Gaunless Viaduct, also known as the 'Lands Viaduct', was a railway viaduct in County Durham. It was designed by Thomas Bouch to carry the South Durham and Lancashire Union Railway between Bishop Auckland and Barnard Castle over the River Gaunless at Lands, also crossing the Haggerleases branch of the railway to Butterknowle.
Bouch designed the viaduct in 1862 and it was built as four lattice truss spans supported on diagonally staggered, paired circular brick piers. It opened on 1 August 1863, at a cost of £15,422. It was 161 feet (49 m) high with a total span of 640 feet (200 m).
The viaduct was built for double track widths, although only a single line was laid at first. In 1899 work began to lay this second line, but it was found that the ironwork of the trusses was so badly decayed that they needed to be replaced. This work took until at least 1903. Several photographs exist showing the bridge at this time, still operating but with the spans supported by substantial timber shoring beneath them.
British Railways closed both railways as part of the general decline in local railways of the 1950s and the viaduct was demolished a little over a hundred years after its opening. These closures pre-dated the Beeching Axe.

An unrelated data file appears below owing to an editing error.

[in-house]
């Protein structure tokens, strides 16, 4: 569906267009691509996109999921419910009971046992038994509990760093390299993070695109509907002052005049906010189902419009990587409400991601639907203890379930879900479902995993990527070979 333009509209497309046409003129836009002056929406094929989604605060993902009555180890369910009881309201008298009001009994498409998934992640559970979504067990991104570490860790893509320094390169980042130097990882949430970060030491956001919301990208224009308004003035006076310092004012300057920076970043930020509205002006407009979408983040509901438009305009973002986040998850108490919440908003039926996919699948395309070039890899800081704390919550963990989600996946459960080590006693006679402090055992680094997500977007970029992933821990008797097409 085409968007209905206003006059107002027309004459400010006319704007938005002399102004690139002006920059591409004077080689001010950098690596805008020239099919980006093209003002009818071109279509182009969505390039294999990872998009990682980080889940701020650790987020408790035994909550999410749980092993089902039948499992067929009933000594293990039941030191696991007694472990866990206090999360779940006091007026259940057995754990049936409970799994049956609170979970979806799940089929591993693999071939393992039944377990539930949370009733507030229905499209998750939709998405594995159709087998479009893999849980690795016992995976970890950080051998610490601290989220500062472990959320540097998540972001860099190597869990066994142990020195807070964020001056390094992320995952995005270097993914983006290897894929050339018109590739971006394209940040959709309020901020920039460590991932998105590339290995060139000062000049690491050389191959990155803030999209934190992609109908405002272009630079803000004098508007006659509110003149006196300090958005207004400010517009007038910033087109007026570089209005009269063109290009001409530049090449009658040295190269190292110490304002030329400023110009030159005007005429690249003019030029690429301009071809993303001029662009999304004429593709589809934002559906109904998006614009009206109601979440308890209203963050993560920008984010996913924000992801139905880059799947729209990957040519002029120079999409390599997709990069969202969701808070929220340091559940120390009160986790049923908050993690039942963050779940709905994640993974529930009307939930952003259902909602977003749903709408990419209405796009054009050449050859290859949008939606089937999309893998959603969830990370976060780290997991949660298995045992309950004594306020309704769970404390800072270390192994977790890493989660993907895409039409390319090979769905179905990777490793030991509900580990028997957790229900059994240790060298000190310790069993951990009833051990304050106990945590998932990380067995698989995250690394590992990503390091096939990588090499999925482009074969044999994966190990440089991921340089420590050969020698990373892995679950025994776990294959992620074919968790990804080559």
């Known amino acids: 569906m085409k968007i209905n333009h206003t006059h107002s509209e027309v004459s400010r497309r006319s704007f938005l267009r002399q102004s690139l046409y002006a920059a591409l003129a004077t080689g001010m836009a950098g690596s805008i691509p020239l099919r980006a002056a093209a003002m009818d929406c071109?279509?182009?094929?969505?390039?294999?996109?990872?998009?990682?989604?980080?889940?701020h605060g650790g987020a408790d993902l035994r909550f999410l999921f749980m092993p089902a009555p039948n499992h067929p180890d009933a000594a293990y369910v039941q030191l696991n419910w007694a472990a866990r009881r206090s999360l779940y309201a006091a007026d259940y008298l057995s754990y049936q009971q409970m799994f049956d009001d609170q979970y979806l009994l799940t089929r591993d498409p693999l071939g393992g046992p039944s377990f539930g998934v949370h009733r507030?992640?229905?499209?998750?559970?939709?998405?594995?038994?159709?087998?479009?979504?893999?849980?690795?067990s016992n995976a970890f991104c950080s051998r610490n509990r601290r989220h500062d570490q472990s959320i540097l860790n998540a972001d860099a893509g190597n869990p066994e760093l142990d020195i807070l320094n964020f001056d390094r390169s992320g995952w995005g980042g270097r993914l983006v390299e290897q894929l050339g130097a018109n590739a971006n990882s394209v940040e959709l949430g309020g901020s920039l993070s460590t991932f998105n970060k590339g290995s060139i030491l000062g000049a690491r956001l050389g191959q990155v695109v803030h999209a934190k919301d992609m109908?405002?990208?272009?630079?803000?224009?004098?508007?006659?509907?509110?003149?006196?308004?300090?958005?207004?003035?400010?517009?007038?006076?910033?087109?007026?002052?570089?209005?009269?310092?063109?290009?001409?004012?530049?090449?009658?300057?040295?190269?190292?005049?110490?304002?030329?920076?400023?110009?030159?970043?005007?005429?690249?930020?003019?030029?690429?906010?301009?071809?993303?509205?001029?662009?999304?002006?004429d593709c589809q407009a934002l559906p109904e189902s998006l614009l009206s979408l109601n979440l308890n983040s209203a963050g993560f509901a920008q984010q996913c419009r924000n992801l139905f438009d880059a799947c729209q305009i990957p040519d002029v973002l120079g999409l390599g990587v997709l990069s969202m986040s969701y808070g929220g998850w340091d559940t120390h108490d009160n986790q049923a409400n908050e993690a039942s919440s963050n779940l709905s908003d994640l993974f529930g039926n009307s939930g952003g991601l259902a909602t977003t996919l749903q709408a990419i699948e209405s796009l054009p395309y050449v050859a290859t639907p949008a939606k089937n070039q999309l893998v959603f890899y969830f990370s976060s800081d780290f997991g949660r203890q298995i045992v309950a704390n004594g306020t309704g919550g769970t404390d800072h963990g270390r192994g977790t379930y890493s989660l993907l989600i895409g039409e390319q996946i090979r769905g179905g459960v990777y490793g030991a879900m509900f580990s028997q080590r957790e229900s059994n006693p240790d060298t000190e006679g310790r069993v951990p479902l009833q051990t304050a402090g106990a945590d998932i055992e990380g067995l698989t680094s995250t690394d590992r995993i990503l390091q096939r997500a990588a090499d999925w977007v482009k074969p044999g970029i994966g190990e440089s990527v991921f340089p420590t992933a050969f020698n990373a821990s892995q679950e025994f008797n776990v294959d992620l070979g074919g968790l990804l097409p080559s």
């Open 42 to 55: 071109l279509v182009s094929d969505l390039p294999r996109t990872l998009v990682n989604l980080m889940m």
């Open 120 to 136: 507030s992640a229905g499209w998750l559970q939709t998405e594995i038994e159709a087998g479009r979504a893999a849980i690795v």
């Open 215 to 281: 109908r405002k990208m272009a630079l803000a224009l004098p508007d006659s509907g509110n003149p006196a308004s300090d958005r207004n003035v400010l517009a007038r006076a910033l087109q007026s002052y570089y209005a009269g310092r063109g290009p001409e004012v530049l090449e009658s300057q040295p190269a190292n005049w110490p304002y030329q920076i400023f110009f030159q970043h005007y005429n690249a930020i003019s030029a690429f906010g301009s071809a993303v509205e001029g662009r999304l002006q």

The coal workings of Cockfield Fell on the Butterknowle branch beneath (the Haggerleases branch had been known by this name since 1899) became exhausted. Low Butterknowle pit closed in 1956, Gordon House Colliery in 1961 and Cockfield Drift in 1962. The branch railway closed shortly after, on 30 September 1963.
After gradual closure of the intervening stations in the late 1950s, both passenger and goods services between Bishop Auckland and Barnard Castle, across the viaduct, were withdrawn in June 1962. Two years after closure, the truss girders were removed for scrap. In 1966, two of the brick piers were toppled by explosives, but left on site.
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